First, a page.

Yelena Janjigian, MD: Functional status is number 1. The earlier you test for biomarkers the better; and I always tell my patients, “Know your mutation status; ask your oncologist.” Knowing the silver lining of this whole global pandemic is that telehealth and telemedicine has really taken off in oncology in particular. I often see patients from all over the world virtually or from over the United States. Biomarker analysis, and also knowing the disease biology, is critical. Obviously 1 drug is better than no therapy. Baseline 5-FU–based therapy is the cornerstone of all gastrointestinal tumors, gastric cancer, and esophagus cancer.

Two drugs are better than 1 drug. Additionally, a third-drug therapy, although there’s still some data to support it, increasingly now the emerging data suggests that immune checkpoint inhibitors and other targeted therapies should be used in first-line setting. It’s becoming a challenge to build on third-drug baseline chemotherapies.

The majority of our patients, and, again, even though younger and younger patients are presenting to us, as specialists, most of our patients are still in their 60s or 70s. They can be frail with multiple comorbidities. Two-drug combination with FOLFOX [folinic acid, fluorouracil, oxaliplatin] or 5-FU [5-fluorouracil], oxaliplatin; or occasionally, like you said, to be oxaliplatin, is what most patients get.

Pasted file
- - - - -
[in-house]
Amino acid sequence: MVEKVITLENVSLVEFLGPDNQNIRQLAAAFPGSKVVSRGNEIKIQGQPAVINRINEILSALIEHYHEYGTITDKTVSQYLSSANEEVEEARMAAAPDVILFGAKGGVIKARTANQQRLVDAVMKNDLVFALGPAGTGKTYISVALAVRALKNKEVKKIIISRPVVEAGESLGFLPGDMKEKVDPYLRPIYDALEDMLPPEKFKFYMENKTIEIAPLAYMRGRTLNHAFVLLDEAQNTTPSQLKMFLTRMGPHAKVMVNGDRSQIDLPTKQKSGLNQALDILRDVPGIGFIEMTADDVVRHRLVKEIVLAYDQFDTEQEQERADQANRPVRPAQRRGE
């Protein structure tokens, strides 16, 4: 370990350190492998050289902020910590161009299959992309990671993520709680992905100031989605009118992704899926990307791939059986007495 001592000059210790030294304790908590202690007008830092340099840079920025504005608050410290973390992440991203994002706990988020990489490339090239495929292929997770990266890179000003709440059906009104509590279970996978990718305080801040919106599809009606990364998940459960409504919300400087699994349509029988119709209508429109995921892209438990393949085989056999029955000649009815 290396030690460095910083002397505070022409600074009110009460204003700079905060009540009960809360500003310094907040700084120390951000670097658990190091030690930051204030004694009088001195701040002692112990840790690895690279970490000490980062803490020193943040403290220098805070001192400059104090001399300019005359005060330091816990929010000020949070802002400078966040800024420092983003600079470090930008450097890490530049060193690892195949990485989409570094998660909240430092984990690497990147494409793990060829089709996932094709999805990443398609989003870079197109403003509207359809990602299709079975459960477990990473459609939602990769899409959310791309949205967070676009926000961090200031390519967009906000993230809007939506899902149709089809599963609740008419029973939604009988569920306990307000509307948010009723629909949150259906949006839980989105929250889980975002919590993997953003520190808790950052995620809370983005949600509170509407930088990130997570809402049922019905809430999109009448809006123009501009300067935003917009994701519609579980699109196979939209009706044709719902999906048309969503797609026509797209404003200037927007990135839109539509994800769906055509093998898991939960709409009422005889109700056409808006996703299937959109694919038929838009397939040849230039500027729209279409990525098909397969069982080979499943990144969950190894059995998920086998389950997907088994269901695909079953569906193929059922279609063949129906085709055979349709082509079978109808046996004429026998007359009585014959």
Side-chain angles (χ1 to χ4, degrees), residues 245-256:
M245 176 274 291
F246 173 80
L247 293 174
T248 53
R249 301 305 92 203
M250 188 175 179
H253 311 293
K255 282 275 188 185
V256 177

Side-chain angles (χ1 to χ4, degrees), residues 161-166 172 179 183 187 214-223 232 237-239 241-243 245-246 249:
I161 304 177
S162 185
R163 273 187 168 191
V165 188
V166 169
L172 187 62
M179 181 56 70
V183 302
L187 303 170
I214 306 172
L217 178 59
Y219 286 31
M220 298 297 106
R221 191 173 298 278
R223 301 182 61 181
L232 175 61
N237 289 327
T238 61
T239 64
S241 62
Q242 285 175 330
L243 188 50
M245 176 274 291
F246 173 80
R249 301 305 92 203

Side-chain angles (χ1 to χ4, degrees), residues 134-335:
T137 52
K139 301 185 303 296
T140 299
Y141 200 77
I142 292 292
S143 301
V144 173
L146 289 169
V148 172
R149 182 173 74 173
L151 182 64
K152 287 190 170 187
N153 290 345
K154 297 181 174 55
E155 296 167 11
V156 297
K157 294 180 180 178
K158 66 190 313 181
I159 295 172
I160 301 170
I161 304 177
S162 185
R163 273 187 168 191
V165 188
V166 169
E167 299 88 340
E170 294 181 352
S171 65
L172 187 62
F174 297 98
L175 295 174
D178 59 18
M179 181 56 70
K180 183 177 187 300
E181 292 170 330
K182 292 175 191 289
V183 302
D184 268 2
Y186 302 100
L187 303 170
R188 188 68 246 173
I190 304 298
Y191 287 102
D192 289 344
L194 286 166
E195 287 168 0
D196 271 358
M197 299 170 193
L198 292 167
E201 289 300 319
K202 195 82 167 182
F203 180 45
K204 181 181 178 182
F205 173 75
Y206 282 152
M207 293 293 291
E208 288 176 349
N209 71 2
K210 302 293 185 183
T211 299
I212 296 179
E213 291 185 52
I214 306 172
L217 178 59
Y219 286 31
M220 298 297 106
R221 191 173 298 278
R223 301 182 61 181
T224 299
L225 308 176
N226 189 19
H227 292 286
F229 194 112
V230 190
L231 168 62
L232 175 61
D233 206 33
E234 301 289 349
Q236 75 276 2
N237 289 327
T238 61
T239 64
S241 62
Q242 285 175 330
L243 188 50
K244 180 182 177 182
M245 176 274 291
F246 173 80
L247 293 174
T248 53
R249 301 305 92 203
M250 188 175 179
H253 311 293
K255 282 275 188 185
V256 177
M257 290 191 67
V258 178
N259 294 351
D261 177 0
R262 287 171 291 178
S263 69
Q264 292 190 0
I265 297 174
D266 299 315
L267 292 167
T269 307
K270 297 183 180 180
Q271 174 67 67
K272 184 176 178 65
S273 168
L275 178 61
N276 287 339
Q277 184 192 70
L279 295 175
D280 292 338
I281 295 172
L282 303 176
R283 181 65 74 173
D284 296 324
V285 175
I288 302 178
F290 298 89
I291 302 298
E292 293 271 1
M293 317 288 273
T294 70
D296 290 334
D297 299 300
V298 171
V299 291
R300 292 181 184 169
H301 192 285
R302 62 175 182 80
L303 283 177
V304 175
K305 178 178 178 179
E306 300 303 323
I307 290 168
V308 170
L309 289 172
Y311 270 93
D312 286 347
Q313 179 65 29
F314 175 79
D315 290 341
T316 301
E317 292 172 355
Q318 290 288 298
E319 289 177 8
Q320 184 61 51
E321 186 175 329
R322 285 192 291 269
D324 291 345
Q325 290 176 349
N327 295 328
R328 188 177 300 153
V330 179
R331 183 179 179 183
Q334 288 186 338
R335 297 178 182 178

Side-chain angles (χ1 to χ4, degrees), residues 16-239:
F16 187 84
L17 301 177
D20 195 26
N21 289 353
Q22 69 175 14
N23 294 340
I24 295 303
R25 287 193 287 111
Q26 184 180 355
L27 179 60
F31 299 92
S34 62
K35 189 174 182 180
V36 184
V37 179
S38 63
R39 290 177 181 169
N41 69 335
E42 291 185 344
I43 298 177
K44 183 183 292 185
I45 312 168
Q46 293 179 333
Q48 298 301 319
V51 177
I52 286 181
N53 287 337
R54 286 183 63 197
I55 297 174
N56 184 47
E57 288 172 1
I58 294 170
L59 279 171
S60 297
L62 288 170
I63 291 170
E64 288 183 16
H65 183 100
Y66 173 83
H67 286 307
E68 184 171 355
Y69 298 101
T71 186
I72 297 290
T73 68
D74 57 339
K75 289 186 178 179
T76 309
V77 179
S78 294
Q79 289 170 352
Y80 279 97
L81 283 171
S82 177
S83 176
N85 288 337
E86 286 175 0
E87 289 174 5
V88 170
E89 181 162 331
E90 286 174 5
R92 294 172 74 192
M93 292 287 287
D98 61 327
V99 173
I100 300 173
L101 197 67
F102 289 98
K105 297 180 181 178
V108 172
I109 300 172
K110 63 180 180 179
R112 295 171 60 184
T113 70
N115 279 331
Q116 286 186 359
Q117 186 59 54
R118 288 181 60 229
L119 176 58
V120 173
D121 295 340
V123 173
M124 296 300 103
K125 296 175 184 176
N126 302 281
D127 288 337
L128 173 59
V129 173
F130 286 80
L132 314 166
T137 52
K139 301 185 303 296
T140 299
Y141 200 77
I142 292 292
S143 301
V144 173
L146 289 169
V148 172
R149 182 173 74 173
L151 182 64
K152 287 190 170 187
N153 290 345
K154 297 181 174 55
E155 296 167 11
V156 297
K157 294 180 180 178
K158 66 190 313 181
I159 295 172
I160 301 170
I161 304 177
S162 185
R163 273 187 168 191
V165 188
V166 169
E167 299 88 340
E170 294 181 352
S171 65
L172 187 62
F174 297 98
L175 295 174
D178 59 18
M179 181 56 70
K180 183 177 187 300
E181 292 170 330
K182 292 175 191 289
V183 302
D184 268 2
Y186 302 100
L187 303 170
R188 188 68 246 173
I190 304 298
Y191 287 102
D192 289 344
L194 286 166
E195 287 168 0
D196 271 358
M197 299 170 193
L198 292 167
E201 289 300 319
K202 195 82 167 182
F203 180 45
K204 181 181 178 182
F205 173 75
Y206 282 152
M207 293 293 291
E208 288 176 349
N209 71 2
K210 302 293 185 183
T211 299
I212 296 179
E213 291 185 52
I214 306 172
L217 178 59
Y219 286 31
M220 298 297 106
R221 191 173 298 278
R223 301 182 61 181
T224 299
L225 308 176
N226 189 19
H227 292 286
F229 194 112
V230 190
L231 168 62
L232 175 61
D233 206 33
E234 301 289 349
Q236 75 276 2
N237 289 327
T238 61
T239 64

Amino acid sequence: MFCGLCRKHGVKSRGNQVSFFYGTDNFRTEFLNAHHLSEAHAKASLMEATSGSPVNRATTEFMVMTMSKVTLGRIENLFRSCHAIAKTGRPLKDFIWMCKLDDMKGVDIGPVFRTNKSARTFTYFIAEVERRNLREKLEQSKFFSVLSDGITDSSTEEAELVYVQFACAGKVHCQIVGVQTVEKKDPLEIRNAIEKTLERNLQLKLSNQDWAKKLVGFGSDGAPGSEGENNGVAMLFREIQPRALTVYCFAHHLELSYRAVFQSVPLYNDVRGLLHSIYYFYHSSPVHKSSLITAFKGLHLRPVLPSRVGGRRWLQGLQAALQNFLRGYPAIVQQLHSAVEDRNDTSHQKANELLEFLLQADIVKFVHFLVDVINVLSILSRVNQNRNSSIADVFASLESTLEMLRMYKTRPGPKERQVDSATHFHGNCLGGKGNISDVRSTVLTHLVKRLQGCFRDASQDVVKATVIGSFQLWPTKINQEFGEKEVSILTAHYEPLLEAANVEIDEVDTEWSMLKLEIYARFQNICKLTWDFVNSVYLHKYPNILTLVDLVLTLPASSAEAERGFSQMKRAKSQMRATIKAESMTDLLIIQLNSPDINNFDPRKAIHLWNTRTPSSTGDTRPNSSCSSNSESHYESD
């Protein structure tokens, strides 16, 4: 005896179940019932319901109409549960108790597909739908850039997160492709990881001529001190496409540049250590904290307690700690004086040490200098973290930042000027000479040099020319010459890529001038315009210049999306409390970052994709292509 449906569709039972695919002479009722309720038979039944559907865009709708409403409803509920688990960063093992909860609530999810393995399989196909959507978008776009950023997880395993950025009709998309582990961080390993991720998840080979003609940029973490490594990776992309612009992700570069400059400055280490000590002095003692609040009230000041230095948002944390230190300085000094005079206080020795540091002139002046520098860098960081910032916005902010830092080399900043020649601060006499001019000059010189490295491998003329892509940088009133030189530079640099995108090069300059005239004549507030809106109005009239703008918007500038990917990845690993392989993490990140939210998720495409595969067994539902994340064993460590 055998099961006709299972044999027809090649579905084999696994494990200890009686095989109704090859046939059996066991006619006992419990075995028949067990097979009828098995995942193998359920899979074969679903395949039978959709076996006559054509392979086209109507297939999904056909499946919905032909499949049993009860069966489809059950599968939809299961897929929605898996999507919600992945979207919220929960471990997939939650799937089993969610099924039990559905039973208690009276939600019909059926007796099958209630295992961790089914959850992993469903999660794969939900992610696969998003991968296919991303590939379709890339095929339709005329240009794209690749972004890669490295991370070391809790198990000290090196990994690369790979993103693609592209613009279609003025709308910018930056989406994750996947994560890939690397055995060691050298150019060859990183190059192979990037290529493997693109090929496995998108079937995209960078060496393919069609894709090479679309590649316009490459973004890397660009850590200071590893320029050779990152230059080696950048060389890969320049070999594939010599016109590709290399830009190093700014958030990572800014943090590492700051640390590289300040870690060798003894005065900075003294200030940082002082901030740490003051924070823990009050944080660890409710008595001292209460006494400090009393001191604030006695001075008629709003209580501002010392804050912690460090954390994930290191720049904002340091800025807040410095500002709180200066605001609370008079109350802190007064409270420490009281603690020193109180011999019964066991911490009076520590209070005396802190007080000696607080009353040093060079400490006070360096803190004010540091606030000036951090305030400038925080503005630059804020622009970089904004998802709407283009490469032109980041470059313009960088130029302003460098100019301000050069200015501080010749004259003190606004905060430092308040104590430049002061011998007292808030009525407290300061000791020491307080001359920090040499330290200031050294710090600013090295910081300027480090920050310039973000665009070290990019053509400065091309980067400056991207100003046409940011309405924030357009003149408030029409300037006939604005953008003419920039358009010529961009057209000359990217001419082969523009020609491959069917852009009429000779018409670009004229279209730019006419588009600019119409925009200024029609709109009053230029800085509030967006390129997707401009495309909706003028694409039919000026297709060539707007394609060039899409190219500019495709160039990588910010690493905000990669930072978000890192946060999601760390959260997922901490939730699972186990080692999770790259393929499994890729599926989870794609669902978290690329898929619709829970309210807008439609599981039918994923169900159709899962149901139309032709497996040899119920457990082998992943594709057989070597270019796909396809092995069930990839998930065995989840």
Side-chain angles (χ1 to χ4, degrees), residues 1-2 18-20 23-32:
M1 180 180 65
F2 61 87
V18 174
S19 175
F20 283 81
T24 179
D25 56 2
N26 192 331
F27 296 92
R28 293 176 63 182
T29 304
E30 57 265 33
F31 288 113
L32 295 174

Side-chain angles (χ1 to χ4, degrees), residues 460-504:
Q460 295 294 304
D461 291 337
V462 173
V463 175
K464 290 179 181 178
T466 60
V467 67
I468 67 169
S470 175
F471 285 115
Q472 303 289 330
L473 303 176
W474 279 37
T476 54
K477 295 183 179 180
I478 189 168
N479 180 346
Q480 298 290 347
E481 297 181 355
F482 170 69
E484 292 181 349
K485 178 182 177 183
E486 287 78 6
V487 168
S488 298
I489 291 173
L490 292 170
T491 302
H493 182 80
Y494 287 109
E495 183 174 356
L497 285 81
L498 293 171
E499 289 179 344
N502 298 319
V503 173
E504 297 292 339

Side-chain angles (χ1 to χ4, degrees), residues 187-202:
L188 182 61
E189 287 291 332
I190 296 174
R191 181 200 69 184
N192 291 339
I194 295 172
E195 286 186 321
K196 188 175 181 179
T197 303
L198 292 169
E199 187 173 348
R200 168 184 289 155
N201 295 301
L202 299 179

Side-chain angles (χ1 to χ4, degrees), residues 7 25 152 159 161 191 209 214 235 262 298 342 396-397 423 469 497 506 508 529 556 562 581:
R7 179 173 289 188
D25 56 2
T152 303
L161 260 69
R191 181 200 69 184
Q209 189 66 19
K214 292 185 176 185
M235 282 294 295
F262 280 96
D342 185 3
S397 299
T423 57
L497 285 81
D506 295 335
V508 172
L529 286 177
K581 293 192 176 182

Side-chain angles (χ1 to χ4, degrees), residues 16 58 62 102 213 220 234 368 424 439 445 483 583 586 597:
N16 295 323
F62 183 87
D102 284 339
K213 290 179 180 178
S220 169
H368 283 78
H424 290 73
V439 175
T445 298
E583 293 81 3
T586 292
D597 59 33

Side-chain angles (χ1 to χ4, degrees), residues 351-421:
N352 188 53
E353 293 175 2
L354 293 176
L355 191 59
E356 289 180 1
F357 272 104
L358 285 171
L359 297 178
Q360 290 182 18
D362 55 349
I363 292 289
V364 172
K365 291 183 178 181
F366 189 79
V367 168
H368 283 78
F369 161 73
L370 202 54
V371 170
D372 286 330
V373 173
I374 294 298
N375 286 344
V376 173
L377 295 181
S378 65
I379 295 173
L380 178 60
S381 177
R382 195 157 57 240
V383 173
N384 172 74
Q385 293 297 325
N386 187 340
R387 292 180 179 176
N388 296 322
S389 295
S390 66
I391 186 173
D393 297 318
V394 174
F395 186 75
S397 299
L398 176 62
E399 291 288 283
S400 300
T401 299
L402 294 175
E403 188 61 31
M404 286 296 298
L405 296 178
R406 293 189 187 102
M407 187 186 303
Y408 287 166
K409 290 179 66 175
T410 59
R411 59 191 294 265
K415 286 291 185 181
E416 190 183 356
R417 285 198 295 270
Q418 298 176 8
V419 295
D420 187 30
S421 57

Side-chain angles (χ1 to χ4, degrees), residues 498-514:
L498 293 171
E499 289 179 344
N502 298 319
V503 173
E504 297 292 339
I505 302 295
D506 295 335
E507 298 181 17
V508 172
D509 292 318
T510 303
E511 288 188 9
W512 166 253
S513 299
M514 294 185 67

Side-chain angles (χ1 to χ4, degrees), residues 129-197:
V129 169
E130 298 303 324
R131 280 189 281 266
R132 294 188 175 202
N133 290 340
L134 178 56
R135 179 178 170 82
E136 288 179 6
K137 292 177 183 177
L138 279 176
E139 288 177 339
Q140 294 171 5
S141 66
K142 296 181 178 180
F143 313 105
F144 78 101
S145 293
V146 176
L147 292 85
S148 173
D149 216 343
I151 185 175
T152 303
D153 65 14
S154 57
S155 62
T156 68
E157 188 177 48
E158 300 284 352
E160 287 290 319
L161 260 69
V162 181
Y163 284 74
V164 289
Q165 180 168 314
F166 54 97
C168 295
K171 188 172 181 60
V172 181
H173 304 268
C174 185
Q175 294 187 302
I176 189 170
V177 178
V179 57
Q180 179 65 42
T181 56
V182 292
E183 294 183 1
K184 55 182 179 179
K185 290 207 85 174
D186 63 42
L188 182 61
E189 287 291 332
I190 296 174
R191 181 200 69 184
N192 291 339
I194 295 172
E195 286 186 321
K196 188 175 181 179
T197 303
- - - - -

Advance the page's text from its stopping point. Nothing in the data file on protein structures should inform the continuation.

So, Ken, how do you treat patients? How’s your treatment approach in Japan different from what we do here?

Ken Kato, MD, PhD: As they are in remission, so we use a drug combination with fluoropyrimidine plus an agent for the first-line treatment for the gastric cancer as well. The patients who have gastric cancer have a comorbidity such as a disorder for eating and appetite loss. So, in Japan, so they have a tendency to move to the oxaliplatin from the cisplatin.

The oxaliplatin had the adverse event of the peripheral neuropathy. We frequently use the secondary chemotherapy. In Japan, 80% of the patients receive the secondary chemotherapy with paclitaxel.

We should use the oxaliplatin carefully. Usually we use the 2-drug combination with platin. And you know the S-1 is mostly used for the gastric cancer patient and the fluoropyrimidine agent in Japan.

Transcript Edited for Clarity